For other applications, such as in the semiconductor industry where the creation of printed circuits requires photo-acids for finely etching silica under light, eliminating PFAS is equally complex. Scientists are investigating alternatives to the chemical baths used in etching processes.

Lastly, in the medical field, where about 150 fluorinated drugs exist, like Prozac, currently no alternatives are available. These drugs will be subject to specific regulations in the future.

Research and development in PFAS alternatives

The quest to find alternatives to PFAS is a rapidly evolving field, combining the efforts of chemists, material scientists, and environmental researchers. With increasing regulatory pressures and environmental concerns, significant strides have been made in developing safer and more sustainable substitutes. Some key areas of progress include:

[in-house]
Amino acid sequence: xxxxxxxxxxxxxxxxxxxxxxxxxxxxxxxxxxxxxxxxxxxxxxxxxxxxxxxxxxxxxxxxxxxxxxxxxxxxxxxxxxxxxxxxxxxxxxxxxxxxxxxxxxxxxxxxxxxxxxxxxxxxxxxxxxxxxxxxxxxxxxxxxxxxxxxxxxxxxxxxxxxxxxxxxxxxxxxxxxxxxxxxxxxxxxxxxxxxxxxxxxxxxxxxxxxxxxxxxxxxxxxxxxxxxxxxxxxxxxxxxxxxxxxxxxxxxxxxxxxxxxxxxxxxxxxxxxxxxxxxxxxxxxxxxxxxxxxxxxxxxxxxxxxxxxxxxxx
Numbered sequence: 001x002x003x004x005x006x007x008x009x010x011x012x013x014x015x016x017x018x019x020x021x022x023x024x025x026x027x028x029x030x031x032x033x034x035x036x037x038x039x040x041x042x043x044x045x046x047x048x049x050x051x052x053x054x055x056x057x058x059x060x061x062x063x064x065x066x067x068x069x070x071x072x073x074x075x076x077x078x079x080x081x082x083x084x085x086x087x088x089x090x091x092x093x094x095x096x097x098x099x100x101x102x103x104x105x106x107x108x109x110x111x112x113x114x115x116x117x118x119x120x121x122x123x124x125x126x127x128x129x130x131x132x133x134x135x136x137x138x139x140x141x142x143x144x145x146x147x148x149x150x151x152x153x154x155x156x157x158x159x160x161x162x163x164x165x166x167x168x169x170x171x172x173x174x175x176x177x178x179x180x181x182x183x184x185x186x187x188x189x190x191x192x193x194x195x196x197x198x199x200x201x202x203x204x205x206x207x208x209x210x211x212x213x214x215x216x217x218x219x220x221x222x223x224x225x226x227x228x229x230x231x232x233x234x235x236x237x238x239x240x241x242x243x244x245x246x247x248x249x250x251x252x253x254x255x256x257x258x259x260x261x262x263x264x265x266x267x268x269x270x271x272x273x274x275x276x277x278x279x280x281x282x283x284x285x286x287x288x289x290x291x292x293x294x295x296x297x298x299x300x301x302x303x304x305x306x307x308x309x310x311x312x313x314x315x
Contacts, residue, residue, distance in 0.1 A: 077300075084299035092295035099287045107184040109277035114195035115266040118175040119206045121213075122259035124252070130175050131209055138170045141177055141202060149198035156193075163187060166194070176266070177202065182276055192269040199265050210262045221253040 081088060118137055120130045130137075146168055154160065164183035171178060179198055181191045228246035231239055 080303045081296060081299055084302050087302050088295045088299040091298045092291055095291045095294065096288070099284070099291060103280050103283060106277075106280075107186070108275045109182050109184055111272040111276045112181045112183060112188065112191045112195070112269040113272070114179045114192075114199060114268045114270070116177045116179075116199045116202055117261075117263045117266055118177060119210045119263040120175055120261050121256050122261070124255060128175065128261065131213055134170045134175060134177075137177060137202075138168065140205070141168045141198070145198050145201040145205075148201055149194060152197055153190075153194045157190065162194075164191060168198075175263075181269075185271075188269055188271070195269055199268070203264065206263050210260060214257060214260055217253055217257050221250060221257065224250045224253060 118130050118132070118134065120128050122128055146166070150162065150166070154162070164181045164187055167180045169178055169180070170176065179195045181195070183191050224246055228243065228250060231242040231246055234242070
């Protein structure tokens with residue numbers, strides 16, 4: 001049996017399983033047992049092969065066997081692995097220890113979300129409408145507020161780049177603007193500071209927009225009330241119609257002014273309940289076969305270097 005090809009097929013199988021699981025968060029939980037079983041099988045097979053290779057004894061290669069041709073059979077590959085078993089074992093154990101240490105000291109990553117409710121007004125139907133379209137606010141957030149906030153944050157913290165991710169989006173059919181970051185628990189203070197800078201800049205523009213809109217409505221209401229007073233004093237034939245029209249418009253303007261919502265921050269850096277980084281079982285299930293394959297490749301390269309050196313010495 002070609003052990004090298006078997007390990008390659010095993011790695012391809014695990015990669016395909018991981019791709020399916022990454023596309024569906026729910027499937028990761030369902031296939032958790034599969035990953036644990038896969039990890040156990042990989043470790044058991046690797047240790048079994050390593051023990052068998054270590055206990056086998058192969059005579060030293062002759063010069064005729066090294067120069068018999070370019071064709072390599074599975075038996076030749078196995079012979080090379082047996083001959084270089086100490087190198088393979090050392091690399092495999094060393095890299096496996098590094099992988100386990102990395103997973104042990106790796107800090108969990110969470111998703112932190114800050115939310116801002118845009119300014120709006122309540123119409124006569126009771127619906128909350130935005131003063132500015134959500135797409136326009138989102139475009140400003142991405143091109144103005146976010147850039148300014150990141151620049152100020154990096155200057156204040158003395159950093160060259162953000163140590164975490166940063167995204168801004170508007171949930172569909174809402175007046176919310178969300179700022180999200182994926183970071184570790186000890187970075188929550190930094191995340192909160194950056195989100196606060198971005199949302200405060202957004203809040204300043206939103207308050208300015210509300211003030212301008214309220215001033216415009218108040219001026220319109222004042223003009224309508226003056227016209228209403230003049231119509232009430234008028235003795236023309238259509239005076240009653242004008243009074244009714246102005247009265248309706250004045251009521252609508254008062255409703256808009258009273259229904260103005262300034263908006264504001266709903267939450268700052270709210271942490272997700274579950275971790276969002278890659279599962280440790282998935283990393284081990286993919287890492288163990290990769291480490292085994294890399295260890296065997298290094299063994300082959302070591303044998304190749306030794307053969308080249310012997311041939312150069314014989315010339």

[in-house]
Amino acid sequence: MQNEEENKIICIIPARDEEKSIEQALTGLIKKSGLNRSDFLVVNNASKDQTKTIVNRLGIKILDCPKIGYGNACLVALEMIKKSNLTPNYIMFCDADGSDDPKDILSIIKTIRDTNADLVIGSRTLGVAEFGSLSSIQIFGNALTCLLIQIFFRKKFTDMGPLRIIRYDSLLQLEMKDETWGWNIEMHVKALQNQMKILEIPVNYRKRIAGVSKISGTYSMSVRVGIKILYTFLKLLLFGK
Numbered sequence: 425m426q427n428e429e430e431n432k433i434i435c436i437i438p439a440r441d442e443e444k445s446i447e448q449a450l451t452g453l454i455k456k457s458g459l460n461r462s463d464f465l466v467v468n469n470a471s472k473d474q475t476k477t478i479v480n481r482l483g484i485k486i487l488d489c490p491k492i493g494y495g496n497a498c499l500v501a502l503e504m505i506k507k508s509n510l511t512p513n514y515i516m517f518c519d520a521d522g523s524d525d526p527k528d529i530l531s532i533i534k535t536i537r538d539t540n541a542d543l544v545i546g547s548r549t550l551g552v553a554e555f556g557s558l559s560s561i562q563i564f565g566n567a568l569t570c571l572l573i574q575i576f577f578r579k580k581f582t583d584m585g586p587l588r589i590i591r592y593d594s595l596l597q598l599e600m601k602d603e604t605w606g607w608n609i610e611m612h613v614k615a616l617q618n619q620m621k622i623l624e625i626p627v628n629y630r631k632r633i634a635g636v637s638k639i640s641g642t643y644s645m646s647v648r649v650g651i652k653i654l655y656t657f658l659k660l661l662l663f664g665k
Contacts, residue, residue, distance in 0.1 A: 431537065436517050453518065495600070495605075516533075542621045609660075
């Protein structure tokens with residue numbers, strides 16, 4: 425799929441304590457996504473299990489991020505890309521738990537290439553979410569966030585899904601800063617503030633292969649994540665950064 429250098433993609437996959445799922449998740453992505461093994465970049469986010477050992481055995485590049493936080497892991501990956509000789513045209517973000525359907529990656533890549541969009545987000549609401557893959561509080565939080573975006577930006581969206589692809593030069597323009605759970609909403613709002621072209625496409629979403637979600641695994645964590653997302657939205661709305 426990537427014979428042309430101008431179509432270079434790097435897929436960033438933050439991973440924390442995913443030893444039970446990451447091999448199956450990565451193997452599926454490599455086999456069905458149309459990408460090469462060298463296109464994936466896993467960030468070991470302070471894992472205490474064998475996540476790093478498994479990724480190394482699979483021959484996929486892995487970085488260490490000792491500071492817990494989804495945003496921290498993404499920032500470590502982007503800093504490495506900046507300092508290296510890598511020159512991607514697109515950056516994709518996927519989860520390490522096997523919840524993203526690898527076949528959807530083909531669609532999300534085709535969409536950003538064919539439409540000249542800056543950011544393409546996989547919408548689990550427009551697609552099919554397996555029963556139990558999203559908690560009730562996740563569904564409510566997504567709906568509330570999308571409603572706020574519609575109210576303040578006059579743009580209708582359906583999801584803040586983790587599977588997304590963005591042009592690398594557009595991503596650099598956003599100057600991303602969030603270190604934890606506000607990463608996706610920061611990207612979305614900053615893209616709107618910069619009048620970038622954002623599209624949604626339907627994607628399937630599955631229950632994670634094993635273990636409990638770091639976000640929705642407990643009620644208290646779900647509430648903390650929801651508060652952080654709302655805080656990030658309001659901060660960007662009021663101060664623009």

Fluorine-free alternatives:

Researchers are exploring fluorine-free compounds as alternatives to PFAS. For instance, in textile applications, companies are developing water-repellent fabrics using silicon or hydrocarbon-based technologies, which offer similar levels of performance without the environmental persistence of PFAS.

Biodegradable and bio-based materials:

There's a growing interest in biodegradable and bio-based materials that can degrade naturally in the environment, reducing long-term ecological impacts. This includes exploring natural substances like wax, starch, or cellulose derivatives to replace PFAS in various applications like food packaging and protective coatings.